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Broad-scale phylogenomics provides insights into retrovirus–host evolution
Uppsala University, Disciplinary Domain of Medicine and Pharmacy, Faculty of Medicine, Department of Medical Biochemistry and Microbiology. Uppsala University, Science for Life Laboratory, SciLifeLab.
Uppsala University, Disciplinary Domain of Medicine and Pharmacy, Faculty of Medicine, Department of Medical Biochemistry and Microbiology. Uppsala University, Science for Life Laboratory, SciLifeLab.
Uppsala University, Disciplinary Domain of Medicine and Pharmacy, Faculty of Medicine, Department of Medical Biochemistry and Microbiology. Uppsala University, Science for Life Laboratory, SciLifeLab.
2013 (English)In: Proceedings of the National Academy of Sciences of the United States of America, ISSN 0027-8424, E-ISSN 1091-6490, Vol. 110, no 50, 20146-20151 p.Article in journal (Refereed) Published
Abstract [en]

Genomic data provide an excellent resource to improve understanding of retrovirus evolution and the complex relationships among viruses and their hosts. In conjunction with broad-scale in silico screening of vertebrate genomes, this resource offers an opportunity to complement data on the evolution and frequency of past retroviral spread and so evaluate future risks and limitations for horizontal transmission between different host species. Here, we develop a methodology for extracting phylogenetic signal from large endogenous retrovirus (ERV) datasets by collapsing information to facilitate broad-scale phylogenomics across a wide sample of hosts. Starting with nearly 90,000 ERVs from 60 vertebrate host genomes, we construct phylogenetic hypotheses and draw inferences regarding the designation, host distribution, origin, and transmission of the Gammaretrovirus genus and associated class I ERVs. Our results uncover remarkable depths in retroviral sequence diversity, supported within a phylogenetic context. This finding suggests that current infectious exogenous retrovirus diversity may be underestimated, adding credence to the possibility that many additional exogenous retroviruses may remain to be discovered in vertebrate taxa. We demonstrate a history of frequent horizontal interorder transmissions from a rodent reservoir and suggest that rats may have acted as important overlooked facilitators of gammaretrovirus spread across diverse mammalian hosts. Together, these results demonstrate the promise of the methodology used here to analyze large ERV datasets and improve understanding of retroviral evolution and diversity for utilization in wider applications.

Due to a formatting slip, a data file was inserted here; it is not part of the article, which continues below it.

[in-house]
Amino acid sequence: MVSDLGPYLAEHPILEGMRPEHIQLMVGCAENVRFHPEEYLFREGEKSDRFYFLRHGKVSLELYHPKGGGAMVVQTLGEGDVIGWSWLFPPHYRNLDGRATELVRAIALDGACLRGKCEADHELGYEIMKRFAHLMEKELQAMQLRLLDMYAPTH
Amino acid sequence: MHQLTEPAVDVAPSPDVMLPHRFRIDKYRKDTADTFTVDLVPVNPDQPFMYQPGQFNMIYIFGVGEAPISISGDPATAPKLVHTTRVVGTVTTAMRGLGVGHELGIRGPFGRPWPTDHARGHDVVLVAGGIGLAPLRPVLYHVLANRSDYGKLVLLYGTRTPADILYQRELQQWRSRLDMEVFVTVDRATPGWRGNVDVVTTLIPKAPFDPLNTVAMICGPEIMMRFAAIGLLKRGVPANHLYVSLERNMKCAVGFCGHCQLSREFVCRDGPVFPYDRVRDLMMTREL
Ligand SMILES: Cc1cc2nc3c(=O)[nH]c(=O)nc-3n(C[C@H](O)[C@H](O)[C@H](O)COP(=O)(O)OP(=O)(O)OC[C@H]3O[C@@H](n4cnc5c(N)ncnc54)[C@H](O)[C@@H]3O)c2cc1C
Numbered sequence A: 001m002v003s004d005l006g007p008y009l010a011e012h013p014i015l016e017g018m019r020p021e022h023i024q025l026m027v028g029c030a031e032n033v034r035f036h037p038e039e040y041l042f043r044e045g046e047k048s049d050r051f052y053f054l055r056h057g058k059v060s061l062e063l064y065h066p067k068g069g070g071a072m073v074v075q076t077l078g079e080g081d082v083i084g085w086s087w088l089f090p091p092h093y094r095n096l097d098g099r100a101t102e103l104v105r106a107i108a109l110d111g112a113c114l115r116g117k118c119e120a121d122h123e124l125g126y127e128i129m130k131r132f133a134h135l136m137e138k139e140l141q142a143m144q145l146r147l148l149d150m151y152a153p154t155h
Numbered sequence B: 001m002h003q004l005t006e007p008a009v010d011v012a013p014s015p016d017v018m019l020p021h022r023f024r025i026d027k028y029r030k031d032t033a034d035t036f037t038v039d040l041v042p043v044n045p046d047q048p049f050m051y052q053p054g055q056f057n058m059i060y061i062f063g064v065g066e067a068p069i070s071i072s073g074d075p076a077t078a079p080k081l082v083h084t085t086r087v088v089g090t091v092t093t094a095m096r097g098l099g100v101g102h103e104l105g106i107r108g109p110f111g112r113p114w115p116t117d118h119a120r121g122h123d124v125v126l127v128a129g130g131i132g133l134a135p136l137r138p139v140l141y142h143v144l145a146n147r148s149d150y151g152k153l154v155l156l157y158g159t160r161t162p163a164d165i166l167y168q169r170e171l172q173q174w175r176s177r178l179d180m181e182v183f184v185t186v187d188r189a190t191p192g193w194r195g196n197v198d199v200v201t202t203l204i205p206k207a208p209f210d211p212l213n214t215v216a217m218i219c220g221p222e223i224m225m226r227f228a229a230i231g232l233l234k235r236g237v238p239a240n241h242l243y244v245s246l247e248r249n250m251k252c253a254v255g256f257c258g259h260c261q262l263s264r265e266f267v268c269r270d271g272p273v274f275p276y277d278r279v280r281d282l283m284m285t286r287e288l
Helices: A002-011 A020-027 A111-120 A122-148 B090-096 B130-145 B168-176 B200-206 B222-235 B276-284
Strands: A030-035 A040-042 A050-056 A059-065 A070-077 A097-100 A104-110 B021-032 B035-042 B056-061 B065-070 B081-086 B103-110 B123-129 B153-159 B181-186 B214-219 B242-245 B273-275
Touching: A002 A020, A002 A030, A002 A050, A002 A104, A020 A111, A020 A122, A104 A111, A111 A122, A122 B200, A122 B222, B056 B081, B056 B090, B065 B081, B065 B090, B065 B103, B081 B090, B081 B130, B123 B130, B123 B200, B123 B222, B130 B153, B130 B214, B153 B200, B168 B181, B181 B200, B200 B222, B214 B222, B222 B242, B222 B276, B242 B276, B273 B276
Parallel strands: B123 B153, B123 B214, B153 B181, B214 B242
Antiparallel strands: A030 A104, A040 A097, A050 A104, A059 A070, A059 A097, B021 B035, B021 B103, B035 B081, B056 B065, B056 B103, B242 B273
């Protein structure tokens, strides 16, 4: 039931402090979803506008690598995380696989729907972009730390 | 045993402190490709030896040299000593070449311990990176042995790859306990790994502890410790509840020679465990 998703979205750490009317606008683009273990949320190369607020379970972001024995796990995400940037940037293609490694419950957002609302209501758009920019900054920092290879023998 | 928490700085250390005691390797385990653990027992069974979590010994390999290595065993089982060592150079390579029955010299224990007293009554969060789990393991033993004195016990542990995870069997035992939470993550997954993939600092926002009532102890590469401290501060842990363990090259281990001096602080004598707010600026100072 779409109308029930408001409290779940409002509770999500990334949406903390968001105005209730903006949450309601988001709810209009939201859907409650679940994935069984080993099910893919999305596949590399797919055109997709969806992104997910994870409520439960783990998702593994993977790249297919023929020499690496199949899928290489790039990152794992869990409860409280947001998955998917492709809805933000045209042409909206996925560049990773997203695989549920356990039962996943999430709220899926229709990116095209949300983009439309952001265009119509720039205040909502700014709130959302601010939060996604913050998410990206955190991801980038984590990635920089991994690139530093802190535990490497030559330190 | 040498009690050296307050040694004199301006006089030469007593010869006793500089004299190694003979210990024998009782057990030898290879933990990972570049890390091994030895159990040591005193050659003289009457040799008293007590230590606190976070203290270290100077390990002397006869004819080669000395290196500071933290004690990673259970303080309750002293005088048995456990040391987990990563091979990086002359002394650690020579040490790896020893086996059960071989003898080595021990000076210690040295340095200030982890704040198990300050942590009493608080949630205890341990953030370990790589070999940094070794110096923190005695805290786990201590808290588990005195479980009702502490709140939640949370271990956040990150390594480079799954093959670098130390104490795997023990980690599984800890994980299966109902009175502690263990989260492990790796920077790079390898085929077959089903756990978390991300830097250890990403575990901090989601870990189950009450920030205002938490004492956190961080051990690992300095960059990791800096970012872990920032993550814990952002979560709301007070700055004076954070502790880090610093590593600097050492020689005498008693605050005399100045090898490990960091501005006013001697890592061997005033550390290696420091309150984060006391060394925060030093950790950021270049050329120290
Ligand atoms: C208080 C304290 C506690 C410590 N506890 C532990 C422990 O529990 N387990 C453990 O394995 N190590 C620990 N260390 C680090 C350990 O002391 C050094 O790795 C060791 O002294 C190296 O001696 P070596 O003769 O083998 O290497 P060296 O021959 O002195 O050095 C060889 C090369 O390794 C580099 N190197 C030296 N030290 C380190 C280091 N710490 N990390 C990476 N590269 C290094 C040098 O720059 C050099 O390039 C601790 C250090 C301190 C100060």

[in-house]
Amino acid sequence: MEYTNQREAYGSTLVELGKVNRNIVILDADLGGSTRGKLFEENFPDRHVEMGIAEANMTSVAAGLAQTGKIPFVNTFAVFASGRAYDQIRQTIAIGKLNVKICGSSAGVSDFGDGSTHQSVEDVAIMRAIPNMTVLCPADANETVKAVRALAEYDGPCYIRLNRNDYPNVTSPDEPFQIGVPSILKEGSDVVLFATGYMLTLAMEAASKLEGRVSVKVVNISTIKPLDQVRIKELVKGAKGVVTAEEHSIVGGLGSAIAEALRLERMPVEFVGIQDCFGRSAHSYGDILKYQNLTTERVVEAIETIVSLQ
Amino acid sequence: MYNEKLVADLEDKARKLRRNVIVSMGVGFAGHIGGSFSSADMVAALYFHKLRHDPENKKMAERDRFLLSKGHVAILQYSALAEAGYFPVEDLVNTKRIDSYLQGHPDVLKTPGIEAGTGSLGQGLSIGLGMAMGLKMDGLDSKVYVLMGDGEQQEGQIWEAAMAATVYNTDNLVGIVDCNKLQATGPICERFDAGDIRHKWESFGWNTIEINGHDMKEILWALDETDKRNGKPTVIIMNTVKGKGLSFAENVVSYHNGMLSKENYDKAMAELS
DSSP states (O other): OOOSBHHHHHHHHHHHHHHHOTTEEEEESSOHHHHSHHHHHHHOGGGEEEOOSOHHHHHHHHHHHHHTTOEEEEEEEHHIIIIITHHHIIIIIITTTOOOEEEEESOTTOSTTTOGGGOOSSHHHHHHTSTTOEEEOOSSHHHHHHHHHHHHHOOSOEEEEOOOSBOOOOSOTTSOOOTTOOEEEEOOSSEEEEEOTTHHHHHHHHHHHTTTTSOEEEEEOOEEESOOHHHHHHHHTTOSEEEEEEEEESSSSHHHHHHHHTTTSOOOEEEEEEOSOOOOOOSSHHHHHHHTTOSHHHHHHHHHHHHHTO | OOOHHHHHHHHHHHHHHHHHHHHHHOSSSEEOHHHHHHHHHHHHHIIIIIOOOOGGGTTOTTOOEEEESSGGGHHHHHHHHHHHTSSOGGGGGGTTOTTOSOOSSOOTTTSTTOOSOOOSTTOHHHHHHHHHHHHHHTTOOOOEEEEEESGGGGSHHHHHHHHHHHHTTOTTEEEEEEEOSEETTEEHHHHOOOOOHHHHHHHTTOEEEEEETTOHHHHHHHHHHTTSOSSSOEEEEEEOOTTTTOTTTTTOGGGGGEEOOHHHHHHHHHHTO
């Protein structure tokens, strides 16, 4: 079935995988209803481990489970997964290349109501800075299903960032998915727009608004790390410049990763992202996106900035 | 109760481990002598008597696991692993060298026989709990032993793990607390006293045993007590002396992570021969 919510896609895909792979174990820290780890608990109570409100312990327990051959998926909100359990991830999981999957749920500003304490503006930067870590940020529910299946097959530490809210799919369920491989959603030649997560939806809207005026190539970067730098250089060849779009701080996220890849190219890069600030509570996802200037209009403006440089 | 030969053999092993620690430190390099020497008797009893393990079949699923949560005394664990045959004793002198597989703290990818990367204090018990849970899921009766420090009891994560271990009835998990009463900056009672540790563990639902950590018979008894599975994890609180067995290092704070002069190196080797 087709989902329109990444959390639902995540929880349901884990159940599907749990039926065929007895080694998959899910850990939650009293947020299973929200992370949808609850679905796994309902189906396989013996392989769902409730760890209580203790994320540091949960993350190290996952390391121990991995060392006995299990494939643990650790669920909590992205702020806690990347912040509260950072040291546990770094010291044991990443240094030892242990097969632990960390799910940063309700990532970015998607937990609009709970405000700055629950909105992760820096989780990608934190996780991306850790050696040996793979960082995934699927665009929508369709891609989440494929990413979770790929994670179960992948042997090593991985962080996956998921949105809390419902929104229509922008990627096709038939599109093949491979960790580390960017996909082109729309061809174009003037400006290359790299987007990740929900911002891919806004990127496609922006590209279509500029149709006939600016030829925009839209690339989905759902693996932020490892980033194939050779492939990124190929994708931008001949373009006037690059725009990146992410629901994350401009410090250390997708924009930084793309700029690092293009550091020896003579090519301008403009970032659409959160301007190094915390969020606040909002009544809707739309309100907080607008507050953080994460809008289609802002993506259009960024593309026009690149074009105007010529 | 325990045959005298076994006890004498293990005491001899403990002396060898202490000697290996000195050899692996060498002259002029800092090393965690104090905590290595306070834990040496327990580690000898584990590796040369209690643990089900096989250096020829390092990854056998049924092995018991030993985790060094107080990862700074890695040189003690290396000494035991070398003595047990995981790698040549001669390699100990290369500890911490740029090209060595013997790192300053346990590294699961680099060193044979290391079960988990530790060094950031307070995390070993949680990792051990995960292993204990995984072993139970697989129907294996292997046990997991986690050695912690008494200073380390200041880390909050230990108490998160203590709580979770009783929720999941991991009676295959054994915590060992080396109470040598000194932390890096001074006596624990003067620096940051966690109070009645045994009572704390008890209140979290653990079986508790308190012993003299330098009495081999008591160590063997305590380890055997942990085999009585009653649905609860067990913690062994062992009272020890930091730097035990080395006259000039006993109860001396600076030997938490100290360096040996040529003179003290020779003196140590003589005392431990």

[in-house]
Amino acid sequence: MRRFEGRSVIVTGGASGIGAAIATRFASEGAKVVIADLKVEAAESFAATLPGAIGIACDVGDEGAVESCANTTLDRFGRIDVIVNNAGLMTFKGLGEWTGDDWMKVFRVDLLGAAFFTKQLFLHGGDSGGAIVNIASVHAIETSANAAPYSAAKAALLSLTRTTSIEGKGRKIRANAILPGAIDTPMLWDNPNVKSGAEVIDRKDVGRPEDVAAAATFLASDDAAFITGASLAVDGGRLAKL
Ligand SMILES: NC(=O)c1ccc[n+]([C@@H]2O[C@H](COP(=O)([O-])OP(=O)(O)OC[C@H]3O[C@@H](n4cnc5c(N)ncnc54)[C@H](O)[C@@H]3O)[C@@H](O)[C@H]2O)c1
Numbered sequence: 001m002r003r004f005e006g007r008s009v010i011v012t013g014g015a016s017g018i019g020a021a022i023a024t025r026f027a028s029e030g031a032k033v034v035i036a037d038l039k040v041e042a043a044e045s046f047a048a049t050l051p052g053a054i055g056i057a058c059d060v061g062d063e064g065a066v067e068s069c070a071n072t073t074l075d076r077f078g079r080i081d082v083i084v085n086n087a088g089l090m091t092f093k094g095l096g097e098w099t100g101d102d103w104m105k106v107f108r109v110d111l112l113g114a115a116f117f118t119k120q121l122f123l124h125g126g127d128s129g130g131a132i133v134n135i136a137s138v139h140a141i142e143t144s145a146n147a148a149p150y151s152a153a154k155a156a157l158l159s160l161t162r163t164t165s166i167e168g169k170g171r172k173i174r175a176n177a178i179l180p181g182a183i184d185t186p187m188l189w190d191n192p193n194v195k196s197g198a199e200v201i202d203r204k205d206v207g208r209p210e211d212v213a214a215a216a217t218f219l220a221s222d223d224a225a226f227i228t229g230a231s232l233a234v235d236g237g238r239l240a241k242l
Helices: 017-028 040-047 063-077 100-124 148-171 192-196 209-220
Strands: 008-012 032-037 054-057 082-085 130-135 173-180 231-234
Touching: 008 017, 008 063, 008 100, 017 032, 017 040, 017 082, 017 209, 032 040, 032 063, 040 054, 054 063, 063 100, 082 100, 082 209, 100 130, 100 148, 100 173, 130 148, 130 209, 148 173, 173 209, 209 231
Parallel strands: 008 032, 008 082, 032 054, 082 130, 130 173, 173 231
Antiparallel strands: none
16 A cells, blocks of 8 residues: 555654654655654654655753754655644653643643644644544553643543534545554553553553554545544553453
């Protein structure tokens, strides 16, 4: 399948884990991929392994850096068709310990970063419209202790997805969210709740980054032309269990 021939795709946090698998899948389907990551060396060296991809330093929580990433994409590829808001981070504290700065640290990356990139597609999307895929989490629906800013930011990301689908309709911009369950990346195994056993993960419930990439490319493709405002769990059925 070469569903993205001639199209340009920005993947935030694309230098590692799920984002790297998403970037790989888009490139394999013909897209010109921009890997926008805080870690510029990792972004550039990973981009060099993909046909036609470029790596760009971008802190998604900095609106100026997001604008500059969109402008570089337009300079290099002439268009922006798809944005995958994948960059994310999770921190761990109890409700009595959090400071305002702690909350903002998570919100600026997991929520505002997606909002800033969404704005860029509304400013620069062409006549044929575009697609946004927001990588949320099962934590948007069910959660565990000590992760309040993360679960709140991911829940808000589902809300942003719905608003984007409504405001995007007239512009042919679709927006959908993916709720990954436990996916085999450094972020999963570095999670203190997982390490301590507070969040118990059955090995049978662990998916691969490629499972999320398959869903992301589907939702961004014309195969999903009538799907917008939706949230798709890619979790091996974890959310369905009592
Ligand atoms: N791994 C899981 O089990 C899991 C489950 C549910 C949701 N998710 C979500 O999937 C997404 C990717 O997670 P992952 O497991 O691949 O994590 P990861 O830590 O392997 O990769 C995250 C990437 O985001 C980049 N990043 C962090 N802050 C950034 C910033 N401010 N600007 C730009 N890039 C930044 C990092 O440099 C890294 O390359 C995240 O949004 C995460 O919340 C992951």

Place, publisher, year, edition, pages
2013. Vol. 110, no 50, 20146-20151 p.
National Category
Medical and Health Sciences Bioinformatics and Systems Biology
Research subject
Biology with specialization in Evolutionary Genetics; Biology with specialization in Evolutionary Organismal Biology; Biology with specialization in Microbiology; Bioinformatics
Identifiers
URN: urn:nbn:se:uu:diva-211542DOI: 10.1073/pnas.1315419110ISI: 000328061700050OAI: oai:DiVA.org:uu-211542DiVA: diva2:667361
Available from: 2013-11-26 Created: 2013-11-26 Last updated: 2017-12-06Bibliographically approved

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Publisher's full texthttp://www.ncbi.nlm.nih.gov/pubmed/24277832

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Hayward, AlexanderGrabherr, ManfredJern, Patric

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